Looking for the top ten tips for improving college outcomes for autistic students? Here you go! Editorial Board Members Arianne Garcia, John Caldora, and Sara Sanders Gardner put together these tips for students; families, educators, and counselors; and institutions more broadly. Based on their (postponed, but stay tuned!) March 10, 2020 SXSW EDU talk, they’ve distilled evidence-based, key advice found throughout STS into 10 clear actions. Autistic STEM students, and all autistic college students, can attain, and deserve, better outcomes. Read on for their insight, and download the pdf at the end of the post.
10 Clear Actions for improving college outcomes for autistic students
|Learn about your rights and how to advocate for them|
|Know yourself: how your disability affects you, your executive functioning strengths, and other strengths and barriers|
|Use your college resources: ADA accommodations, advisers, social clubs and activities, workforce training, tutoring, office hours, and more|
Support Systems: Parents, Educators, Counselors
|Learn and use equitable practices|
|Use Collaborative Problem SolvingTM to include student in finding solutions and determining what they want and need|
|Understand and respect your students’ rights as a college student, and, step in when appropriate|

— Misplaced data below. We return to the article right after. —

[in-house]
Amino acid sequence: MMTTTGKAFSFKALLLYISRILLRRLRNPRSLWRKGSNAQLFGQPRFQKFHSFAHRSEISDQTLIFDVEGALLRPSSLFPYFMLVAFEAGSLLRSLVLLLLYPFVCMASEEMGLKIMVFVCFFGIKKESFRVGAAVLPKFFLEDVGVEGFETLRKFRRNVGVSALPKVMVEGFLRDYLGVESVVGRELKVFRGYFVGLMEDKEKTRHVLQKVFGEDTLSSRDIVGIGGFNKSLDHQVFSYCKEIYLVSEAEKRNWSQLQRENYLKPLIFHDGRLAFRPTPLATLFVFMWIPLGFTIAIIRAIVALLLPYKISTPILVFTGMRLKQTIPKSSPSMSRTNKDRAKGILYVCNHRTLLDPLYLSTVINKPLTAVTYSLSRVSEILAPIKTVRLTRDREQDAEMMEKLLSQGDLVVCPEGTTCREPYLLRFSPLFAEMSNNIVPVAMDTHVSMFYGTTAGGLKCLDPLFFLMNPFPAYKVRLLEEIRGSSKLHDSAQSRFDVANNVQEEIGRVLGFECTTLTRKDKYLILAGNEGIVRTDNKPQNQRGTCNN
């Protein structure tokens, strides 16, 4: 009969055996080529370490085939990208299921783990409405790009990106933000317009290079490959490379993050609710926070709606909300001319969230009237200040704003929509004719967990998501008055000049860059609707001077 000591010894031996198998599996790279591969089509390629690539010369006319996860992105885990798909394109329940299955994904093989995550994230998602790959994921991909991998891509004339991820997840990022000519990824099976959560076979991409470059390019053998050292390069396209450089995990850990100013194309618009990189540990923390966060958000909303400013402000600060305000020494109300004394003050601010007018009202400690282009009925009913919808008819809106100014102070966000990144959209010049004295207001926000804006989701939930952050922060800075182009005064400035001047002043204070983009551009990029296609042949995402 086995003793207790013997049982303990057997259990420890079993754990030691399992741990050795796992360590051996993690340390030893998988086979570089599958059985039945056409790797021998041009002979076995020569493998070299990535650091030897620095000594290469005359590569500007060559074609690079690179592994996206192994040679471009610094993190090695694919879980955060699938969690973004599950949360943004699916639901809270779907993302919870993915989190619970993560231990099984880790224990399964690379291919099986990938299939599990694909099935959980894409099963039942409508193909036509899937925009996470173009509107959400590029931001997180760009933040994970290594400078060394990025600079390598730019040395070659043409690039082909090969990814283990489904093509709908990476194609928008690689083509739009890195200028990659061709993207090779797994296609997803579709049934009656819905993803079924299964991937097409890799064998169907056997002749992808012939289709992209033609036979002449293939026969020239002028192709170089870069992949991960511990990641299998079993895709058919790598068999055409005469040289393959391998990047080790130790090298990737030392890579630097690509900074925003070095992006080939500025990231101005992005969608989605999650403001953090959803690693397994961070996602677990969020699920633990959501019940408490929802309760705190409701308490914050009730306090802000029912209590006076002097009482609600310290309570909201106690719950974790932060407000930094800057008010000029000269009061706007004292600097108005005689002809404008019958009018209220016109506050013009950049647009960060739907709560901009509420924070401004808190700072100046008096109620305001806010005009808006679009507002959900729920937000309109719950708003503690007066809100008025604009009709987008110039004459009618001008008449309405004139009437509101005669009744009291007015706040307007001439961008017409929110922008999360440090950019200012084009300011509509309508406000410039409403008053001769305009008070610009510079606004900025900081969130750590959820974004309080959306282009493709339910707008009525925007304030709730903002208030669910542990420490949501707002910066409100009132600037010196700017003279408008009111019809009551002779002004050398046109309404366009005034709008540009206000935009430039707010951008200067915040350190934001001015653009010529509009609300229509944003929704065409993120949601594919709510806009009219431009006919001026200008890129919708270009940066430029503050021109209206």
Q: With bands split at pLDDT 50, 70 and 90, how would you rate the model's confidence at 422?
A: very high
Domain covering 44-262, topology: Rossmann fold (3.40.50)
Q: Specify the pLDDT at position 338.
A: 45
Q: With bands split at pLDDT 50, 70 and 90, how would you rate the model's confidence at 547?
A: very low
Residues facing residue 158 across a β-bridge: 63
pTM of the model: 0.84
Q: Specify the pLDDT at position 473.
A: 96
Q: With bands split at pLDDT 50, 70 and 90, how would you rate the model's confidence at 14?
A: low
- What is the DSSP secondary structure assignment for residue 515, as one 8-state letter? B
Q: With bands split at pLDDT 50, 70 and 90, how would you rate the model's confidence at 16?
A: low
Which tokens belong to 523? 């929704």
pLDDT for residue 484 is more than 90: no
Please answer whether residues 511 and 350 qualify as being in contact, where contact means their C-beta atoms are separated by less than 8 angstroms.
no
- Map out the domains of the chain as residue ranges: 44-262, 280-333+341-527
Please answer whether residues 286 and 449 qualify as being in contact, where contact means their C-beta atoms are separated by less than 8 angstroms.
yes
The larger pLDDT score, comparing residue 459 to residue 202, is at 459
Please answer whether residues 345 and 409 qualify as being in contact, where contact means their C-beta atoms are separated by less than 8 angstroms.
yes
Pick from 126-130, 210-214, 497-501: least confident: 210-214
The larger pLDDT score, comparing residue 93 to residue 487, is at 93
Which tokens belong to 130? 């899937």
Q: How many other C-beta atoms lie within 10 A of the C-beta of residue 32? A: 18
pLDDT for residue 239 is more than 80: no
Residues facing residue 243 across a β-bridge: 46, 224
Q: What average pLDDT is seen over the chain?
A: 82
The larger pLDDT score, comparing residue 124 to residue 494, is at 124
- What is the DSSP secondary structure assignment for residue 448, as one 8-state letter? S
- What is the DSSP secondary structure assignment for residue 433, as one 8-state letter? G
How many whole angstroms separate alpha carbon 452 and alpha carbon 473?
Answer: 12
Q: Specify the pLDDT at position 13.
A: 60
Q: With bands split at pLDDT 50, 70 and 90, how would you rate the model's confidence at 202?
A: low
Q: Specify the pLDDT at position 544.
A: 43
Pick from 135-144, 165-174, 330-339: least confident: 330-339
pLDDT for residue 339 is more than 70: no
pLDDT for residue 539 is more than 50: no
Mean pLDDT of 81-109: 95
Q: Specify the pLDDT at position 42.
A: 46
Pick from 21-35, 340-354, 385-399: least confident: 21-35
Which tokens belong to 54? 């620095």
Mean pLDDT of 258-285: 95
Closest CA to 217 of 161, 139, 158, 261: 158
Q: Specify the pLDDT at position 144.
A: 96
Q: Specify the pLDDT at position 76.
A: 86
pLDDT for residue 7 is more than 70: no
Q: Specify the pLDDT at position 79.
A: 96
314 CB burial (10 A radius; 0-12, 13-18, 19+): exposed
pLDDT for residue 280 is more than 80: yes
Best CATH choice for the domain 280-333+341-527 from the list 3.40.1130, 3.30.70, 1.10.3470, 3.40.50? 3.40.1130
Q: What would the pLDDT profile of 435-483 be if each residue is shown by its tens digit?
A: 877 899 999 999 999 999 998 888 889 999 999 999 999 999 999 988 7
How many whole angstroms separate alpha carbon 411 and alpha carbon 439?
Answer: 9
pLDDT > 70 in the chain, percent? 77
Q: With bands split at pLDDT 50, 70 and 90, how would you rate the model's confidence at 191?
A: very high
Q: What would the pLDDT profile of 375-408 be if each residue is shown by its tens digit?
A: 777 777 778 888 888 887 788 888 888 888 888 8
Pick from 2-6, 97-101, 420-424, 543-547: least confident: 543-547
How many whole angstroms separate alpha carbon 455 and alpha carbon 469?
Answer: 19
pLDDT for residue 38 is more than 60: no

|Train faculty and staff in equitable practices and establish programs to increase success for marginalized student populations|
|Support accessible materials and practices from departments and faculty, including Plain Language and Universal Design|
|Support staff to establish programs that go beyond support to develop neurodivergent students in areas of career, self-advocacy, executive functioning, identity development, social involvement, and more|
|Promote interdependence rather than independence as a life skill. Everyone is stronger when we rely on each other and use our strengths to support each other.|
To download a pdf of these tips, click here: Top 10 Tips for Improving College Outcomes: Autistic STEM Students
Questions, comments? Join the conversation!
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- Interdependence and the College Experience
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- “Get Ready, Do, Done” Model: Support Executive Functioning for Autistic Students